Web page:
Parity propels popularity of college game


The background of a certain college baseball team: It transitioned to Division I status in 1978, failing to win a conference championship or advance to an NCAA regional until budget woes forced the university to cut several sports in 1992.

Baseball got the ax.

The program was then revived in 2000 and began play in a multimillion-dollar, on-campus venue two years later. Since then, it has advanced to eight regionals and appeared in the 2007 College World Series.

On Friday, in a rainy town of not 55,000 souls along the Willamette River in central western Oregon, UC Irvine returns to the postseason when it meets UNLV in a regional game at Oregon State.

The Anteaters offer just one unique story of what has become an annual smorgasbord of tales that leads to the NCAA releasing its baseball tournament bracket each May, a 64-team journey that will conclude with eight programs advancing to the World Series in Omaha, Neb., which begins June 14.

Dallas Baptist is part of this year’s field. So is Sacramento State and Kennesaw State and Campbell and North Dakota State. Cal Poly is one of 16 No. 1 seeds to host a regional. A record 10 teams advanced from the Southeastern Conference, while three programs (Bethune-Cookman, Siena and Youngstown State) made it with losing records.

Translation: Some baseball conference tournaments produce their own version of March Madness, and the SEC is really good at things other than football.

But no matter how each of the 64 built their program — via the benefit of sizable budgets from major football schools or by investing in sports other than the one of helmets and shoulder pads — there is no debating this fact: College baseball is as popular today as ever.

The facilities are astounding, the fan bases electric, the parity obvious throughout the country. It’s one reason ESPN will show action from all 16 regionals this year.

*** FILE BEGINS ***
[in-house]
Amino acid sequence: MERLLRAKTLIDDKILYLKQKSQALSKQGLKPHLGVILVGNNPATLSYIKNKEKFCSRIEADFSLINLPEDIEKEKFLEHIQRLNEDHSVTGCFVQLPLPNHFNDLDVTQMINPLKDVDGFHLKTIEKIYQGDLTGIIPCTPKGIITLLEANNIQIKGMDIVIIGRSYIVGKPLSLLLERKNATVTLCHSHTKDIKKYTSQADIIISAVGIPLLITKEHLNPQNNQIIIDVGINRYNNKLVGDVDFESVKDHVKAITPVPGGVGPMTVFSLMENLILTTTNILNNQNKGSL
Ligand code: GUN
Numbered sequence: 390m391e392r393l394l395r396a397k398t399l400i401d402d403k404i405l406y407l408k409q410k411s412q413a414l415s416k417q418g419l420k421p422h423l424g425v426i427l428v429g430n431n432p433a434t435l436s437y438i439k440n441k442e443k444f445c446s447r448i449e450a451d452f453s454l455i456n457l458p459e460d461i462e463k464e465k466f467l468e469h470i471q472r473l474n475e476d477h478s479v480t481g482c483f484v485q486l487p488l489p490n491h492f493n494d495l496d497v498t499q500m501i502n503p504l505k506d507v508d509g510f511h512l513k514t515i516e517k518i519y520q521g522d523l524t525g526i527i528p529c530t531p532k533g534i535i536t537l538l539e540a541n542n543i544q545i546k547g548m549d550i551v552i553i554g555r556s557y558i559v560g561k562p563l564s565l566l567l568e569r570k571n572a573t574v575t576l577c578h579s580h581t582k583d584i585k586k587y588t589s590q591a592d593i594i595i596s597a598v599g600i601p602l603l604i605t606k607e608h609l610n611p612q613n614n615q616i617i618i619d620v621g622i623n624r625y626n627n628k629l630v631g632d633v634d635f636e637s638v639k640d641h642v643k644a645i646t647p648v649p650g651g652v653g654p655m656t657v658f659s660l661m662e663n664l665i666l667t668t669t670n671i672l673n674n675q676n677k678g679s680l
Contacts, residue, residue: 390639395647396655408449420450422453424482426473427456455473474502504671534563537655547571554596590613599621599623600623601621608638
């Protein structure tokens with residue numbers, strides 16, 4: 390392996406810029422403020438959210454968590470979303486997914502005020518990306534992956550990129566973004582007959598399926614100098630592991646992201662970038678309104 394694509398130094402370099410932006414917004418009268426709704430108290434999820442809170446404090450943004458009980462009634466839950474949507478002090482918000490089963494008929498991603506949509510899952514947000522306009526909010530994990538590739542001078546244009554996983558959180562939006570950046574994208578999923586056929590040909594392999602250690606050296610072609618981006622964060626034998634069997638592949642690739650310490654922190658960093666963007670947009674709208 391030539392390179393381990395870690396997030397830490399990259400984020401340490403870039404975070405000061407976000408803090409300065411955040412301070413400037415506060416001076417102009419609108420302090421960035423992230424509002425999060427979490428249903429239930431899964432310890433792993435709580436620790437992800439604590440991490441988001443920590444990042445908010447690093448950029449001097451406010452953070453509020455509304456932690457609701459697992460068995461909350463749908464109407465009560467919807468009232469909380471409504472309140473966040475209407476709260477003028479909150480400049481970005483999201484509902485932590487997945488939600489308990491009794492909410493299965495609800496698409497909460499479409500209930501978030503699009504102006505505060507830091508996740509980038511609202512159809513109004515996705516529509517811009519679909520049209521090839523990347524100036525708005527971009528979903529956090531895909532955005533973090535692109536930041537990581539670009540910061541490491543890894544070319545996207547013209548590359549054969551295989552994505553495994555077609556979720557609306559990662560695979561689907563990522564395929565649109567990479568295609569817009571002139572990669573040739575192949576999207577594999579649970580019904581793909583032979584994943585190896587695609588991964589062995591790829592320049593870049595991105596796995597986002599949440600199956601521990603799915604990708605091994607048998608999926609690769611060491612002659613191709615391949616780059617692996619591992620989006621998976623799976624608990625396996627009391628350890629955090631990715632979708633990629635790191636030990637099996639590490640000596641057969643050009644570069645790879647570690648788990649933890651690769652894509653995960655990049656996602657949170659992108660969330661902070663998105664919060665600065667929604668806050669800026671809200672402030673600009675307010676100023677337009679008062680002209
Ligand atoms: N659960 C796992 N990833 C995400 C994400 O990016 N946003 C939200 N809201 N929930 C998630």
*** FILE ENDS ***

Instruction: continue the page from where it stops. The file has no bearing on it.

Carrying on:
Every pitch. Every game.

Tim Chambers has a theory on why so many programs, many of them hardly household names, have been able to compete for regional berths and a run at the World Series.

For the UNLV coach, it’s all about equipment.

Chambers points to the use of BBCOR bat restrictions and raised seam balls, two factors that have led to fewer home runs and lower-scoring games, perhaps allowing schools that can’t recruit power hitters to win more than they would have before such rules were put in place.

“I don’t want to disrespect anyone, but there are teams that aren’t very good in this thing and there are some really, really good teams not in this year’s tournament,” Chambers said. “But the parity comes from those (equipment rules). It’s a much different game now. There is no scoring. You’re in every game.”

It’s a practical theory.

Here’s another: A school such as Cal State Fullerton, a No. 3 seed in the Oklahoma State regional that has now made 23 straight NCAA appearances and won four national championships, was faced with a decision in the early 1990s.

It could either continue feeding a football beast that never returned a profit or drop the sport and save money at a time when budgets were shrinking, particularly within the Cal State system.

It could either make across-the-board cuts from every sport — salaries, equipment, recruiting, operations — and decimate the entire athletic department or cut one sport and potentially prosper at several others.

Two years after dropping football, the Titans won a national title in baseball.

Within a few years, they had an athletic department budget in the black.

Fullerton and others figured out who they should be athletically and embraced it.

You will find such examples again littered throughout this year’s baseball bracket, programs that discovered their correct niche within a marketplace and thrived.

Cal Poly can make the College World Series. It can win the whole darn thing.

It wouldn’t make the Final Four in basketball. Wouldn’t wear Cinderella’s slipper in that sport. Wouldn’t have a chance.

That’s one reason — the fact so many teams own a legitimate shot at a championship, that a school such as Fresno State can win it all as a No. 4 seed in 2008 — for the increased interest in college baseball, why 1.4 million viewers on average watched games from Omaha on ESPN last year.

“You never know what’s going to happen,” Chambers said. “We’re going to go play and see. We’re super excited to make a regional for the first time in nine years. It’s a neat deal.”

It’s as popular as it has ever been.

With a smorgasbord of tales again defining 16 regional sites.

Las Vegas Review-Journal sports columnist Ed Graney can be reached at egraney@reviewjournal.com or 702-383-4618. He can be heard from 11 a.m. to 2 p.m. Monday through Friday on “Gridlock,” ESPN 1100 and 98.9 FM. Follow him on Twitter: @edgraney.